If you are a criminal defense attorney working on serious felony cases, you need to have a good understanding of firearm function so that you can make sense of the forensic evidence in your case. The tutorials described below can help you gain the information that you need.

The University of Utah Health Sciences Library has several firearms tutorials posted which cover information about the different types of firearms and how they work, ballistics (the science of the travel or a projectile in flight), patterns of tissue injury, laboratory methods, and examination of gunshot residue.

The tutorials provide basic information, kind of like Firearms 101, as well as more technical information about trajectory, examination of firearms, and injuries caused by firearms.

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Hemp or Marijuana?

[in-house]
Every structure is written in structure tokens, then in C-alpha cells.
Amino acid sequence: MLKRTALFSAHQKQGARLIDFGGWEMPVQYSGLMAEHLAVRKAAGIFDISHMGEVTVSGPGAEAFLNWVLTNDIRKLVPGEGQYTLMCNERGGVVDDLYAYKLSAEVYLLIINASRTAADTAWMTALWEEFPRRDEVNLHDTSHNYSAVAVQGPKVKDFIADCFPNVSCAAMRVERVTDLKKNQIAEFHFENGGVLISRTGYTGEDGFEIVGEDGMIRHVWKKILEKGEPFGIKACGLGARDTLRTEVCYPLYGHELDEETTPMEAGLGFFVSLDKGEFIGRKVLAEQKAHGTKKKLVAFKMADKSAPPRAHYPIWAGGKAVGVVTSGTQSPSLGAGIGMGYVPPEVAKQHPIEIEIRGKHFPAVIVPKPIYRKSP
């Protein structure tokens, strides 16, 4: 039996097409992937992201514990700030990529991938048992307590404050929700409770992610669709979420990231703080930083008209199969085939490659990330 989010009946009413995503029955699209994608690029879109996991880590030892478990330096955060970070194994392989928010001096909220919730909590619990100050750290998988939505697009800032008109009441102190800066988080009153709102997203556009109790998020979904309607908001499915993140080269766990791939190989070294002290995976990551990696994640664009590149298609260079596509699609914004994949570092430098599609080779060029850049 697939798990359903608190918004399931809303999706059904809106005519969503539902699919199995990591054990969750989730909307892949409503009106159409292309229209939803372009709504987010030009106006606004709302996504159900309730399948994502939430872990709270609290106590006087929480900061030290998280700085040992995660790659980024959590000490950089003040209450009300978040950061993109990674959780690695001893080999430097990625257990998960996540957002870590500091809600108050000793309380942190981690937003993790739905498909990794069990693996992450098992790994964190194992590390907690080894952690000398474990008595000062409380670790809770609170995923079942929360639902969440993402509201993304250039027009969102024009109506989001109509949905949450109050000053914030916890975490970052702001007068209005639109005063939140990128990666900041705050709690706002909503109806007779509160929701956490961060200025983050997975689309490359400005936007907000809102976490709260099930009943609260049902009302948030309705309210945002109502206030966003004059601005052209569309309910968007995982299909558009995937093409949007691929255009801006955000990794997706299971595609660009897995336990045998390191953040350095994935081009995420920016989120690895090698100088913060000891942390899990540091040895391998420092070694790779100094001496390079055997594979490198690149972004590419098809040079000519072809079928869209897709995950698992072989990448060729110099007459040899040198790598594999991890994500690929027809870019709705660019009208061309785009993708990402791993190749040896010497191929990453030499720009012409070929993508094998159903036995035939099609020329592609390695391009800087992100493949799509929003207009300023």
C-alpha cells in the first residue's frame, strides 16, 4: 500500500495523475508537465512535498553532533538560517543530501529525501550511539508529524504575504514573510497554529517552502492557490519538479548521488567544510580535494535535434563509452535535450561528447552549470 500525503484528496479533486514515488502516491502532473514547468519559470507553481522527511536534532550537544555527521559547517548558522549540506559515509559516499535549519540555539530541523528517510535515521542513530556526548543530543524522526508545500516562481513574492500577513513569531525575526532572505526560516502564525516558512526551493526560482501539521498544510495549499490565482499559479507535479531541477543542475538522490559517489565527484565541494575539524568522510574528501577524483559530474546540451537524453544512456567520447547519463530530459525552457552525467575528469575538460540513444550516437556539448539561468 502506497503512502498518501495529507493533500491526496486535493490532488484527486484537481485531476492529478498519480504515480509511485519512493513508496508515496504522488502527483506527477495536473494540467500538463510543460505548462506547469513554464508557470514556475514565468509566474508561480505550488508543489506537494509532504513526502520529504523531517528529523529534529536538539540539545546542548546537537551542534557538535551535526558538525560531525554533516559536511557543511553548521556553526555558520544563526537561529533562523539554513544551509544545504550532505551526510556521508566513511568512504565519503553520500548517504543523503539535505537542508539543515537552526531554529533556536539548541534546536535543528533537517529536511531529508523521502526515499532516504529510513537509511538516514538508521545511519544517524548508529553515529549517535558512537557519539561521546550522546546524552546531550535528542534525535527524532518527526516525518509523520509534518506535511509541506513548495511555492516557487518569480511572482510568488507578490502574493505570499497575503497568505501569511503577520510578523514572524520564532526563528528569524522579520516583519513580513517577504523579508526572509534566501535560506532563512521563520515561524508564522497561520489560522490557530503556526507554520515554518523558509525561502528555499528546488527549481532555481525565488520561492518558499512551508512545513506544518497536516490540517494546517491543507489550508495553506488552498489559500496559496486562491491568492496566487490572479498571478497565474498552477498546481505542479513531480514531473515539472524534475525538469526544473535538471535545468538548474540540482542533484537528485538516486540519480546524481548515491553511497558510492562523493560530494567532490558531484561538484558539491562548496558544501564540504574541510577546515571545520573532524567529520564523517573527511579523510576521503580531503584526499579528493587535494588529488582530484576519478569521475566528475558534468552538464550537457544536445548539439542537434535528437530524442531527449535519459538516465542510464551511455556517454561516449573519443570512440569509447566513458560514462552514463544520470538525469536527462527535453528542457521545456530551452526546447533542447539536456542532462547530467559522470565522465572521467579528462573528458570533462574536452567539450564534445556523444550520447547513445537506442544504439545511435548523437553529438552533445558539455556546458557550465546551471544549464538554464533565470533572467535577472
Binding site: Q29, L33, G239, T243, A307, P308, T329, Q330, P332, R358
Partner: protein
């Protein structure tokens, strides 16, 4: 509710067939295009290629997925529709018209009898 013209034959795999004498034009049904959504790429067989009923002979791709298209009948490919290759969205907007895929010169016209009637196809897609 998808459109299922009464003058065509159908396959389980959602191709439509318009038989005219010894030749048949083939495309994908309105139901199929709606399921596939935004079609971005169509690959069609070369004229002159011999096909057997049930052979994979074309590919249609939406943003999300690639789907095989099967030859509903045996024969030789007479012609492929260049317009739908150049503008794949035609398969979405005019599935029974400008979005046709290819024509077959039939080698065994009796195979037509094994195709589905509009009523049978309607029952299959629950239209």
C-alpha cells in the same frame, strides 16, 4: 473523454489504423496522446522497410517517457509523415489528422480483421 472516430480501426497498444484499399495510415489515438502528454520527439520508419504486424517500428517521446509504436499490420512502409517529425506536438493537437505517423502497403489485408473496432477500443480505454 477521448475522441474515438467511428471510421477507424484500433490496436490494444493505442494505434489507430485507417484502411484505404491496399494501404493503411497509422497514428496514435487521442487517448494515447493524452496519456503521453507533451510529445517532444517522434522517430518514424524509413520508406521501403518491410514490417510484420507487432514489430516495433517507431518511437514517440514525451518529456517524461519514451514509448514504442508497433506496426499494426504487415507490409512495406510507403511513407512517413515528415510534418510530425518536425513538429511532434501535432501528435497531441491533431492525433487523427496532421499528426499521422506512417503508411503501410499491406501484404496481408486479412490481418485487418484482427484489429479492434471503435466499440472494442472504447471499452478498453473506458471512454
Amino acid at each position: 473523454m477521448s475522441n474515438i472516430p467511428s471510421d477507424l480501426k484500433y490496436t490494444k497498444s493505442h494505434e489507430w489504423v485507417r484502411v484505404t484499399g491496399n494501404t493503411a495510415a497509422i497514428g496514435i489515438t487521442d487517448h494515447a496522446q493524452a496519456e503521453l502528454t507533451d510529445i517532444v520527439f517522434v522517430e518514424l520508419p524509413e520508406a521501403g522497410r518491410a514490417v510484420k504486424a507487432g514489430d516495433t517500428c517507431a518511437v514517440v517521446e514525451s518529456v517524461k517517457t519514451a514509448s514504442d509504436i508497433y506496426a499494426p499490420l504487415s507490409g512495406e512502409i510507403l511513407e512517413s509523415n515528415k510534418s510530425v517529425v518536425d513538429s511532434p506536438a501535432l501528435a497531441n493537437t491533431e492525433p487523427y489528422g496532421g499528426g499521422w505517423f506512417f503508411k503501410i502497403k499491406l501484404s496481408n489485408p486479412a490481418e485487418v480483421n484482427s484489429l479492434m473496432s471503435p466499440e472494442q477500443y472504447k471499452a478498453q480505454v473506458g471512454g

Your client is charged with possession of marijuana. They tell you they possessed hemp – not marijuana. Industrial hemp is not visually distinguishable from illicit marijuana. Is that a defense? I would say yes, if your client is a licensed industrial hemp farmer growing industrial hemp in compliance with all regulations. But, if your client is not a licensed grower, the argument is less straightforward.

Cultivation of industrial hemp is now permitted as part of a pilot program in North Carolina. The program is permitted under federal law. The N.C. General Assembly enacted statutes governing industrial hemp and the N.C. Industrial Hemp Commission develops rules for the industry.